News Release

U.S. Preparing to Resume Nuclear Tests?


Critics are expressing dismay in response to published reports that the White House is exploring options for resumption of American nuclear blasts. The Knight Ridder news service reported Thursday that “the Bush administration has asked U.S. nuclear weapons scientists to examine ways that nuclear test explosions beneath the Nevada desert could resume more quickly if the government decides to end a nine-year moratorium on nuclear testing.”

The following nuclear policy analysts are available for interviews:

Director of the Downwinders organization, Truman has worked with thousands of Americans who, like himself, have dealt with the aftermath of fallout from nuclear explosions in Nevada. He said today: “The Bush administration has been undermining the ABM Treaty and the Outer Space Treaty; now this signal that they may resume below-ground testing also leads to an ominous conclusion — that the U.S. is preparing to unilaterally jettison an arms control regime fostered by every president since Eisenhower…. This threatens a costly and dangerous new arms race, alarming to our allies as well as our adversaries…. We know now that 58 percent of the more than 900 underground nuclear tests conducted over 33 years leaked radiation, many of those exposing citizens far from the Nevada Test Site borders to harmful doses. A resumption of nuclear testing would repeat this nightmare for our descendents.”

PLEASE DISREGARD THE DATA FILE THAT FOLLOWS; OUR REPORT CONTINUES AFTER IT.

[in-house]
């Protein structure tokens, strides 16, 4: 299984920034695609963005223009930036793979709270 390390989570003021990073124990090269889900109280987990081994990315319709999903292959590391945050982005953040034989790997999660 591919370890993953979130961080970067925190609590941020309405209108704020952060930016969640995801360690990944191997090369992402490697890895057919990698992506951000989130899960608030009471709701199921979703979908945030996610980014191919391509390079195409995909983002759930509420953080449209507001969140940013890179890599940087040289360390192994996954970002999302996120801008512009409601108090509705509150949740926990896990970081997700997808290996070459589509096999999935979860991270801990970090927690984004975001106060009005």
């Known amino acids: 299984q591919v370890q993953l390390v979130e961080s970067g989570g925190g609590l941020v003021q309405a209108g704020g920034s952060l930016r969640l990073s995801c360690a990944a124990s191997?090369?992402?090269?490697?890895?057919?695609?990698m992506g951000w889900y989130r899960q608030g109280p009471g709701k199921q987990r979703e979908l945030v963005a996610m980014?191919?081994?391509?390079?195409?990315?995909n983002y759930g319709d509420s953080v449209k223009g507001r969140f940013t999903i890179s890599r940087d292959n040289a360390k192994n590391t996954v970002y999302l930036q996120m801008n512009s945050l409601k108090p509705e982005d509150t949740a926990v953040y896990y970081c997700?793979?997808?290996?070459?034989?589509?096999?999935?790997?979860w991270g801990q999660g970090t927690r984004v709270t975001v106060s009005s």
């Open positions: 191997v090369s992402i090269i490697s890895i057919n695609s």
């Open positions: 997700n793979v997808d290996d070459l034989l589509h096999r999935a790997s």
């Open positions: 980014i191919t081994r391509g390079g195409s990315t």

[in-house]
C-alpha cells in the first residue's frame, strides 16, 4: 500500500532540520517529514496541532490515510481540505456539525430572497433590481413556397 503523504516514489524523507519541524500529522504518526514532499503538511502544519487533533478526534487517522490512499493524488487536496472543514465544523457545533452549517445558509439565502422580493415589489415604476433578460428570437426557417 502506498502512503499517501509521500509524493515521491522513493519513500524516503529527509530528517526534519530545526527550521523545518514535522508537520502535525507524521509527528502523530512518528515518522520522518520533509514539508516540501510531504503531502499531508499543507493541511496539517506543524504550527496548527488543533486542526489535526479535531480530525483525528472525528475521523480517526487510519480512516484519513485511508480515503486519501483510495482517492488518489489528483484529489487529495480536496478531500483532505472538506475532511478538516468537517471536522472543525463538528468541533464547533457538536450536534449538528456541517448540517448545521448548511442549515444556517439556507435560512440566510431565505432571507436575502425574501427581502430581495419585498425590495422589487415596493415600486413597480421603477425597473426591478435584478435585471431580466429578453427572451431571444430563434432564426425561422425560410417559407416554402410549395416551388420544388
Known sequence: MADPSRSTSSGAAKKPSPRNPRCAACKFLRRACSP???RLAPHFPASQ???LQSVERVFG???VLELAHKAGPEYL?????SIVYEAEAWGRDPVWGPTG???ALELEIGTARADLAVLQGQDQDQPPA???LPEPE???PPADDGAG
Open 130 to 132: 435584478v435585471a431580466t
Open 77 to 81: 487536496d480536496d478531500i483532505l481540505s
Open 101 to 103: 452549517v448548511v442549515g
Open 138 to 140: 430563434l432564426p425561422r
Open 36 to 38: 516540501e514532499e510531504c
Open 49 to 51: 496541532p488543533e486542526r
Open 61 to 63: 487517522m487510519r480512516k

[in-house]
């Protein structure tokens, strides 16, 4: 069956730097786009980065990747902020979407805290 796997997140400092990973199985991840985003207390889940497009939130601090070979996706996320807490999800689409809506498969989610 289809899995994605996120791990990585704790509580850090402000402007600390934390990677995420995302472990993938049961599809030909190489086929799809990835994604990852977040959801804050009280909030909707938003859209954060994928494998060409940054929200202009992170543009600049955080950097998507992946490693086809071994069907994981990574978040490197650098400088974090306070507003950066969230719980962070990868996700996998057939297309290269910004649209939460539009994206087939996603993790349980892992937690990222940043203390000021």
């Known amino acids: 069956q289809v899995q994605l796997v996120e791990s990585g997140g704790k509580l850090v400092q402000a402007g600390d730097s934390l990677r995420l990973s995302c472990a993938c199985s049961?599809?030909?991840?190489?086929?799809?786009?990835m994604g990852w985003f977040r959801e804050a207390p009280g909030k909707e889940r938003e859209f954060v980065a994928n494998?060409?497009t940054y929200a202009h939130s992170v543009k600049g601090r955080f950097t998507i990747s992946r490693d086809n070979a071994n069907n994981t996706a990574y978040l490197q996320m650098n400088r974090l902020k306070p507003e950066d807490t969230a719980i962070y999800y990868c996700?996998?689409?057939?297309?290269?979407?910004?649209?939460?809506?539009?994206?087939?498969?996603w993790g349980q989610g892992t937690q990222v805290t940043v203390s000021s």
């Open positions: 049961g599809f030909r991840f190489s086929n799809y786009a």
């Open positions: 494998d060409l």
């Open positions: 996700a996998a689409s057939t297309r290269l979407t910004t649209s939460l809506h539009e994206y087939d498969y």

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Executive director of the Western States Legal Foundation, Cabasso said today: “This latest ‘trial balloon’ is yet more evidence that George W. Bush’s pledges to reduce the number of U.S. nuclear weapons and walk away from ‘Mutually Assured Destruction’ are nothing more than smoke and mirrors. Behind the smoke and mirrors is a dangerous and destabilizing, increasingly unilateral foreign policy, buttressed by the threatened use of new and improved nuclear weapons. Just one year ago, the U.S. government reaffirmed its Nuclear Non-Proliferation Treaty commitments to the ‘cessation of the arms race’ and the ‘elimination of nuclear weapons.’ The U.S. also agreed to a ‘diminishing role’ for nuclear weapons, and to a no-backtracking ‘principle of irreversibility’ for arms control and nuclear disarmament measures. In the eyes of the rest of the world, the Comprehensive Test Ban Treaty, signed by the United States in 1996 but not yet ratified, is at the very top of that list of measures.”
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Research associate with the Program on Science and Global Security at Princeton University and author of “Bombing Bombay: Effects of Nuclear Weapons and a Case Study of a Hypothetical Explosion,” Ramana said today: “This results in part from the pressure exerted by the military-industrial complex; for many years now, weapons scientists have advocated ‘retaining the ability to develop new nuclear options.’ One can expect defense planners in several countries around the world, especially areas like East and South Asia, to recommend dealing with this new facet of U.S. foreign and military policy by further developing weapons of their own.”
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Executive director of the Lawyers’ Committee on Nuclear Policy, Burroughs is author of “The Legality of Threat or Use of Nuclear Weapons: A Guide to the Historic Opinion of the International Court of Justice.”
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For more information, contact at the Institute for Public Accuracy:
Sam Husseini, (202) 347-0020; David Zupan, (541) 484-9167